Surviving Pearl, USS St. Louis remained active throughout the remainder of the Pacific Campaign. On July 13th, 1943, she took a torpedo at the bow with, amazingly, no loss of life. Temporary repairs were enacted to keep her afloat and viable for subsequent operations. On June 15th, 1944, her guns were used in anger against enemy positions at Saipan. An aerial attack by Japanese "Val" dive bombers on January 14th resulted in twenty-three dead and twenty wounded. A month of repairs then followed. In November of 1944, she was the victim of a successful Kamikaze attack (some 12 to 14 enemy warplanes taking part) resulting in multiple fatalities. The on-the-spot bravery and thinking of her crew kept fires from gaining control of the ship. The end of the war in the Pacific arrived on August 15th, 1945 with USS St. Louis now a battered, but surviving, veteran - having earned 11 Battle Stars for her service in the conflict which took her from Bougainville, the Mariana Islands, Leyte and Okinawa.

She remained on station in Asian waters during the immediate post-war period, undertaking minesweeping operations in the East China Sea, and served as part of Operation "Magic Carpet", the return of veterans to U.S. soil, in some of her final actions. She was deactivated on February 25th, 1946 and decommissioned on June 20th of that year. On January 22nd, 1951, she was officially struck from the Naval Register and given over to the Brazilian Navy where she served out the rest of her days as Almirante Tamandare (C-12). She held the post of flagship of the fleet until 1976 before being decommissioned for second time and placed in reserve. Her stripped hulk was then sold for scrap to Taiwan in 1980. However, the warship took on water and sunk near the Cape of Good Hope (South Africa) en route to the island nation.©MilitaryFactory.com
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Service Year

United States national flag graphic
United States

Destroyed, Scrapped.

St Louis-class

USS St. Louis (CL-49); USS Helena (CL-50)

National flag of Brazil National flag of the United States Brazil (post-war); United States (retired)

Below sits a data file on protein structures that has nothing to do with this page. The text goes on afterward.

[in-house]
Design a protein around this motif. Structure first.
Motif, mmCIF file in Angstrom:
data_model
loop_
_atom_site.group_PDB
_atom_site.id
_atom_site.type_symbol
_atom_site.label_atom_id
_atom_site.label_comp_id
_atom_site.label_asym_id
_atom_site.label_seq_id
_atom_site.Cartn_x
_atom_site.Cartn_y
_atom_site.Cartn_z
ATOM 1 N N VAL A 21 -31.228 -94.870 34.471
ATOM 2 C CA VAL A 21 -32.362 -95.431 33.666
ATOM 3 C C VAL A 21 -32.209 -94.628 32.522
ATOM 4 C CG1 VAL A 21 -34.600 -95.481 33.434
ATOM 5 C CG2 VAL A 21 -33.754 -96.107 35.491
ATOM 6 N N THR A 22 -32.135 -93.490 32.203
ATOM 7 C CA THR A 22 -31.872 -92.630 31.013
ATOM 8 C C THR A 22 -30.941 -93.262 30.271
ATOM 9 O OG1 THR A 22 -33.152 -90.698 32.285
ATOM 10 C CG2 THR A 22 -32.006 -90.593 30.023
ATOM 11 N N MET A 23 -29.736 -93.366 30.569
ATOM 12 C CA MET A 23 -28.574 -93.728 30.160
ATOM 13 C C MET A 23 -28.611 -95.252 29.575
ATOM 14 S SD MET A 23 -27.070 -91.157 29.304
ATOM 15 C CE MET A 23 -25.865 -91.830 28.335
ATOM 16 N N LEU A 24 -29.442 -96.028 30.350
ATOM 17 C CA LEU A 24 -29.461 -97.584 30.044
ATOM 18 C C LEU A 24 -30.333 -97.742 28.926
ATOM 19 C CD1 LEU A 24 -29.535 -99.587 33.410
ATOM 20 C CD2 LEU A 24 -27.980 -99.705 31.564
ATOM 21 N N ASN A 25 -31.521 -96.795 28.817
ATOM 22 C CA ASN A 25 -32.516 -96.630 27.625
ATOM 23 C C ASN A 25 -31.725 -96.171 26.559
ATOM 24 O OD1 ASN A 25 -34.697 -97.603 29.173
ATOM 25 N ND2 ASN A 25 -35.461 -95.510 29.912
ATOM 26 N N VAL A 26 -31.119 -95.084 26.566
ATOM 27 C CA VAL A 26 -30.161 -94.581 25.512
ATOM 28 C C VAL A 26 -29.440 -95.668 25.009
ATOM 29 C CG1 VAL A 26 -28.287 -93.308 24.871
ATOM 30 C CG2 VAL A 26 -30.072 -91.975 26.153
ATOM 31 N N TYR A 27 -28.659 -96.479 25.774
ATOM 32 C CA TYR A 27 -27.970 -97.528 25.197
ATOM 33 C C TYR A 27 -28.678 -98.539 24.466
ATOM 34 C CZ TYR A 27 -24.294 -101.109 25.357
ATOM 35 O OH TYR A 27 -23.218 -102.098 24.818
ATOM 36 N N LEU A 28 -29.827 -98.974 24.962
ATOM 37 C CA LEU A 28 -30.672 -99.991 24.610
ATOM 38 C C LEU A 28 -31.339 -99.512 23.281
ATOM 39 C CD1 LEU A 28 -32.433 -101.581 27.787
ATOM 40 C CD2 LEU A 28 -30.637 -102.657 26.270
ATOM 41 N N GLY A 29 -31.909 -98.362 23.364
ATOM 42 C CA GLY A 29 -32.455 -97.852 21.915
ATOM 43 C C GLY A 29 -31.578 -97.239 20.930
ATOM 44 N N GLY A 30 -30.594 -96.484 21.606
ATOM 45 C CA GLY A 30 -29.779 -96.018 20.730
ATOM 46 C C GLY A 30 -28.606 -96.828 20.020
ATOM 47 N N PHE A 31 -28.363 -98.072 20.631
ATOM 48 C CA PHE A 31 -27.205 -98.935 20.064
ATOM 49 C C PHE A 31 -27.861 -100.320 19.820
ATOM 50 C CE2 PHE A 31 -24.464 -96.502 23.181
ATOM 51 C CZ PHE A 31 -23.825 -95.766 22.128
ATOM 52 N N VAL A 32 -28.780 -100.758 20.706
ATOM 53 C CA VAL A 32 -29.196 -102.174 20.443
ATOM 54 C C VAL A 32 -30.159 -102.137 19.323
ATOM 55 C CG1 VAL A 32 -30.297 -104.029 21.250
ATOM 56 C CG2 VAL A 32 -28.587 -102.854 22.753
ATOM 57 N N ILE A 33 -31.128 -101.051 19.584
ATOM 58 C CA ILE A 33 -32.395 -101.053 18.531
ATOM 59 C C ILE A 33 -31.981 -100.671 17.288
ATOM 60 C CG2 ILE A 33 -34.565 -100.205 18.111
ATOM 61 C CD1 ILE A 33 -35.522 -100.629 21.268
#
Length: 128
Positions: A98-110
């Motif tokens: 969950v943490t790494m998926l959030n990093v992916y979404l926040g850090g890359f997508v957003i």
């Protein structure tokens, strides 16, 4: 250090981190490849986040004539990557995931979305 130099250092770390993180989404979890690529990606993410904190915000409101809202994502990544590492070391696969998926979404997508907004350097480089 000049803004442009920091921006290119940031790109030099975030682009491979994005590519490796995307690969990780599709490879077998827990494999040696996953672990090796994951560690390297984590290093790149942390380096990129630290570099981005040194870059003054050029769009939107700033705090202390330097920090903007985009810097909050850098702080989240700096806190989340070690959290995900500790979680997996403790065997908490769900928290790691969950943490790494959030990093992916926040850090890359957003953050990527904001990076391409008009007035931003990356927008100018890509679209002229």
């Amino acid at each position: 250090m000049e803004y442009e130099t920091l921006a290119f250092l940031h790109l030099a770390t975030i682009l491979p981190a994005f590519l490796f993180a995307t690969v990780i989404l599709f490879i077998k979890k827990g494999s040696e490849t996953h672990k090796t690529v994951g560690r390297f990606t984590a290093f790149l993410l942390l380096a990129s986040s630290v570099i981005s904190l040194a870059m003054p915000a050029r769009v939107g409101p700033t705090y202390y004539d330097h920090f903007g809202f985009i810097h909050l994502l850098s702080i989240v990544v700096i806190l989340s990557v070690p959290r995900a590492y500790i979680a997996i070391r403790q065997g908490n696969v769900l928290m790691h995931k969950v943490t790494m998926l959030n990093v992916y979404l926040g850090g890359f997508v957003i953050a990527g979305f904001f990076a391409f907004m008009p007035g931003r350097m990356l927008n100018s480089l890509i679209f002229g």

(OPERATORS list includes past, present, and future operators when applicable)
Offshore Bombardment
Offshore bombardment / attack of surface targets / areas primarily through onboard ballistic weaponry.
Offshore strike of surface targets primarily through onboard missile / rocket weaponry.
Maritime Patrol
Active patroling of vital waterways and maritime areas; can also serve as local deterrence against airborne and seaborne threats.
Airspace Denial / Deterrence
Neutralization or deterrence of airborne elements through onboard ballistic of missile weaponry.
Fleet Support
Serving in support (either firepower or material) of the main surface fleet in Blue Water environments.

608.7 ft
185.53 m
61.4 ft
18.71 m
19.9 ft
6.07 m

Installed Power: 8 x Steam boilers feeding 4 x Geared steam turbines developing 100,000 horsepower to 4 x Shafts.
Surface Speed
32.5 kts
(37.4 mph)

kts = knots | mph = miles-per-hour | nm = nautical miles | mi = miles | km = kilometers

1 kts = 1.15 mph | 1 nm = 1.15 mi | 1 nm = 1.85 km
15 x 6" (150mm) /47 caliber Mark 16 main guns in five triple-gunned turrets.
16 x 5" (130mm) /38 caliber secondary guns in eight twin-gunned turrets.
8 x 0.50 caliber Heavy Machine Guns (HMGs)

Supported Types

Graphical image of a historical warship turreted main gun armament
Graphical image of an aircraft medium machine gun
Graphical image of an aircraft heavy machine gun

(Not all weapon types may be represented in the showcase above)
4 x Curtiss SOC Seagull floatplane aircraft (recoverable)

Military lapel ribbon for the Cold War period
Military lapel ribbon for early warship designs
Military lapel ribbon for the Falklands War
Military lapel ribbon for the 1991 Gulf War
Military lapel ribbon for the Korean War
Military lapel ribbon representing modern aircraft
Military lapel ribbon for the Attack on Pearl Harbor
Military lapel ribbon for the Vietnam War
Military lapel ribbon for the World War 1
Military lapel ribbon for the World War 2

Ribbon graphics not necessarily indicative of actual historical campaign ribbons. Ribbons are clickable to their respective naval campaigns / operations / periods.